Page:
International Journal of Nursing, Midwife and Health Related Cases (IJNMH)

EA Journals

body mass index

Correlation Between Childhood Obesity and Glycosylated Hemoglobin in Children 12 Years of Age Of The School Lic. Isidro Fabela (Published)

In the present work was carried out as an object the analysis of correlation between childhood obesity and the glycosylated hemoglobin, taking as a case study to two school groups from sixth grade to perform anthropometric measurements, plicometría, takes blood pressure and glycosylated hemoglobin, thus obtaining as a result 6 children with childhood obesity (4 boys and 2 girls), and a glycosylated hemoglobin average of 5.2%, with a minimum of 5.1% and a maximum of 5.4%, giving as a result that the value of glycosylated hemoglobin is not a significant fact to diagnose a metabolic syndrome, the average of greater impact in children with obesity is the blood pressure, in where the diastolic presented an elevation with respect to the normal parameters, subsequently the fat percentage with respect to children, we have a greater variation of 6%, where particularmnente accumulated in the abdominal area, which indicates a central obesity. It is important to note that children generally have acanthosis nigricans which implies a resistance to insulin.

Keywords: Childhood Obesity, body mass index, glycosylated hemoglobin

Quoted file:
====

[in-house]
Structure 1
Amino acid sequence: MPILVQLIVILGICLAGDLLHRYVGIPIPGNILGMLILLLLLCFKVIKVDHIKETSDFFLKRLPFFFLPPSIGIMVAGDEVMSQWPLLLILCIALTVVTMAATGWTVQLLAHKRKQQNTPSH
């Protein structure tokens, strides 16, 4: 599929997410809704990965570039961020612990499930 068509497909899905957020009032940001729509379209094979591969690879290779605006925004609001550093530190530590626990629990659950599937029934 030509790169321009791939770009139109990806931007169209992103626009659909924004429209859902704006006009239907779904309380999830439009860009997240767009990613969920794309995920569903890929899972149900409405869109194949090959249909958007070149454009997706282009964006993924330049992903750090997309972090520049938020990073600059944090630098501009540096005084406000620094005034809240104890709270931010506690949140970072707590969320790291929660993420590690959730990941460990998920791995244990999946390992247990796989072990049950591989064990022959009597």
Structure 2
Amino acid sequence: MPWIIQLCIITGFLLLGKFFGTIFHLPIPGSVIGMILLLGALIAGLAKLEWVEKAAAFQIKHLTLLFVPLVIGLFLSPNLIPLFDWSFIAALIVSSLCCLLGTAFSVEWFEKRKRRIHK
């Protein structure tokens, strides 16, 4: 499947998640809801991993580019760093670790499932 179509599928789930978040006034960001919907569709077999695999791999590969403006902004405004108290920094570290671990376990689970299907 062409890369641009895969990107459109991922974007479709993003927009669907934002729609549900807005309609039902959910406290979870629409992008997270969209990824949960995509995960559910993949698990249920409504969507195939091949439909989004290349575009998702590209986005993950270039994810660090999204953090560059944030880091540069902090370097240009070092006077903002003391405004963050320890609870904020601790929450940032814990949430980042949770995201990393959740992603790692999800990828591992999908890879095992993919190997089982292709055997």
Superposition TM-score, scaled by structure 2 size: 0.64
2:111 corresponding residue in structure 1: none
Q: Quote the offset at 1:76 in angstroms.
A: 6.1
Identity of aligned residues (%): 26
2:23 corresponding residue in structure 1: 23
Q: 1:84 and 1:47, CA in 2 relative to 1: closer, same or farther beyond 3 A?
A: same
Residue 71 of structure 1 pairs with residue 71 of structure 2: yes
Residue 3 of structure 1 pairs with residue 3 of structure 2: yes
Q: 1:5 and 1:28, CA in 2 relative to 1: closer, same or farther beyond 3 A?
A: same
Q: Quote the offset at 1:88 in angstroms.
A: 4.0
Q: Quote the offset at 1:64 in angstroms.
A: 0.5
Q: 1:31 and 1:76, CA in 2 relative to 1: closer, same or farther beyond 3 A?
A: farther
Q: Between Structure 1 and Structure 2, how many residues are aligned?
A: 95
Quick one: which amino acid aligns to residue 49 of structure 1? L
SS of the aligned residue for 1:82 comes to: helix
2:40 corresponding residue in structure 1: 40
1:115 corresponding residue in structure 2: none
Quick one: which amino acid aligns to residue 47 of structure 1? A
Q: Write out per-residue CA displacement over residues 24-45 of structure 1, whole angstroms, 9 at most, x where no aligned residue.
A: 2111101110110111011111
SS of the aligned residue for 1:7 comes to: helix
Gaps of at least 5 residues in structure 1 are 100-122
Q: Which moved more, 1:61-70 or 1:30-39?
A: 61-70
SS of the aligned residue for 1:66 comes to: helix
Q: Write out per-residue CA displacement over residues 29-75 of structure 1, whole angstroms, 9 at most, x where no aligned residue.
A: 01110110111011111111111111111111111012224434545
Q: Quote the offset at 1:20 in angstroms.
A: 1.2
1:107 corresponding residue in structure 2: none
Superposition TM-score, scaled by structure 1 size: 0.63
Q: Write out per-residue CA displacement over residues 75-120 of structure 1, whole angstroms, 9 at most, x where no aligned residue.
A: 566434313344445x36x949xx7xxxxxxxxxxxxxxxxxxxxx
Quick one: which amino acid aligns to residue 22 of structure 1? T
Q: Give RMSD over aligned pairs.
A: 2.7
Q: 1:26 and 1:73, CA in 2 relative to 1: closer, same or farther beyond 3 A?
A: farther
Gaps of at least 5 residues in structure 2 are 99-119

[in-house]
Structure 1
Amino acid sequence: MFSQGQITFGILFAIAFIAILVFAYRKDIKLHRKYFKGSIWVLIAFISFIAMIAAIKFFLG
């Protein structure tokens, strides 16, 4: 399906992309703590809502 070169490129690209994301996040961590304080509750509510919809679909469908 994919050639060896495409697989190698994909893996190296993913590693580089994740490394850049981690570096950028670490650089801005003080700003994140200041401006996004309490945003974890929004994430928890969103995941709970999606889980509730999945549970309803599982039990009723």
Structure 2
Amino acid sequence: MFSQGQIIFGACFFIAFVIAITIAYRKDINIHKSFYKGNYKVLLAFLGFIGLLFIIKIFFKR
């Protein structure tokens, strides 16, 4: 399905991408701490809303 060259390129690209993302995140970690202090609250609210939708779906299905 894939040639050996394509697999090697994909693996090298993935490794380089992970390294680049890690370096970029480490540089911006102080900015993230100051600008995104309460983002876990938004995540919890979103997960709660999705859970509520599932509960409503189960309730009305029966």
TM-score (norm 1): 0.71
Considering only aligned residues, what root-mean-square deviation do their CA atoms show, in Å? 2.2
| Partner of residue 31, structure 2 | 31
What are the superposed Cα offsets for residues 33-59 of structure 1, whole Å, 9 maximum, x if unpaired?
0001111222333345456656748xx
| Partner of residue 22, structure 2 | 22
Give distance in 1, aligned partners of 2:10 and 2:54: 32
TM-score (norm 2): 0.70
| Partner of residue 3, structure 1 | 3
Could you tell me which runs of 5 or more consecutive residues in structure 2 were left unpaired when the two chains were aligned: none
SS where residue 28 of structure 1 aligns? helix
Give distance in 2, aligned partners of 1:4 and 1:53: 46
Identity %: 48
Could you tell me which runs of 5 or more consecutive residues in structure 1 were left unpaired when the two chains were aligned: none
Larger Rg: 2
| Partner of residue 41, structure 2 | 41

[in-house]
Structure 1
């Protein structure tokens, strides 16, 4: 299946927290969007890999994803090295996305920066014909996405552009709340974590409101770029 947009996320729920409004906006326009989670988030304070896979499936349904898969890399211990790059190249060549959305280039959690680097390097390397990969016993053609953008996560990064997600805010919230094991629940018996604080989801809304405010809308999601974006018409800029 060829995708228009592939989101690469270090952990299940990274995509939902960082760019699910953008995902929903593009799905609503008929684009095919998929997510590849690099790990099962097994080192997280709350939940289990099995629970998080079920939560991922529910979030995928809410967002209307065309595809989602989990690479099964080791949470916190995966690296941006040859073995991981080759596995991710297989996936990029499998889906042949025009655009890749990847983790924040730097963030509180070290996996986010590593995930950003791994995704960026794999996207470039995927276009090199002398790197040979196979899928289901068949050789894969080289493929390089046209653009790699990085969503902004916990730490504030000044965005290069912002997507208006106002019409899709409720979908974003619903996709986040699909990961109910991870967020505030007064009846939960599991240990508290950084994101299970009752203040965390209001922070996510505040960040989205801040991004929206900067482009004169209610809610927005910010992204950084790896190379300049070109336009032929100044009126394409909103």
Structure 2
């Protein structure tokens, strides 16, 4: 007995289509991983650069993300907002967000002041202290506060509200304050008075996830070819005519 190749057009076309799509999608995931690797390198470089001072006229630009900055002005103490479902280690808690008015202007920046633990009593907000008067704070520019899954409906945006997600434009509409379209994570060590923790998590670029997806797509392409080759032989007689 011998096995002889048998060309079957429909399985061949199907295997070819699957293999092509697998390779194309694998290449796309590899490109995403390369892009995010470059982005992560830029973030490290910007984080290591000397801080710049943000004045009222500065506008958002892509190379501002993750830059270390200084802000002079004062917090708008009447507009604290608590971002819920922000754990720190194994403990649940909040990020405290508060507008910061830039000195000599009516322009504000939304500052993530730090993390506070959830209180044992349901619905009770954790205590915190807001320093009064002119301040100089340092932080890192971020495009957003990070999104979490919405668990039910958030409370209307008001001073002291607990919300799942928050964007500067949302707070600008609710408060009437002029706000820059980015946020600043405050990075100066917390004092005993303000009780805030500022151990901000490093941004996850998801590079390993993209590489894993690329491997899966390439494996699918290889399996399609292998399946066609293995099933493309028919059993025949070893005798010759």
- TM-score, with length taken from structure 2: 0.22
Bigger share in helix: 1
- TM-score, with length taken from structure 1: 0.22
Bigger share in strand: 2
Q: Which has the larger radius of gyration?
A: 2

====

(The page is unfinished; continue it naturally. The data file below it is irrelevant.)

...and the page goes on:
Weight-Related Perceptions and Self-Reported Lifestyle Behaviors among Black Nurses in the United States (Published)

Obesity is a growing epidemic for both the general population and nursing profession.  50% of nurses are overweight or obese (Miller, Alpert, & Cross, 2008), with more than 40% of Black women obese in 2008 (CDC, 2011).  This descriptive study examined weight-related perceptions and lifestyle behaviors of Black nurses (N=41) living in the US. Participants were recruited from the graduate and undergraduate nursing programs at Kean University.  IRB-approved Informed Consent was obtained before completion of a 13-item questionnaire assessing weight perceptions and lifestyle behaviors.  Body Mass Index (BMI; kg/m2) assessed weight (women, n = 33, M = 28.64, SD = 5.58; men, n = 8, M = 26.60, SD = 5.58). Mean BMI for US born nurses was 27.88  1.78 and 28.57  1.31 for non US born, not statistically significant at t = – 3.18, p = .752. 41% of the group perceived their weight as normal.  A negative correlation (r = -.41, p =.008) existed between BMI and “Are you currently exercising?”  Findings reinforce the need for additional study to understand whether current exercise reduces the BMI or whether those with increased BMI lack motivation to exercise.


Keywords: Attitudes, body mass index, body size, nurse-patient relations, obesity management, stereotypes

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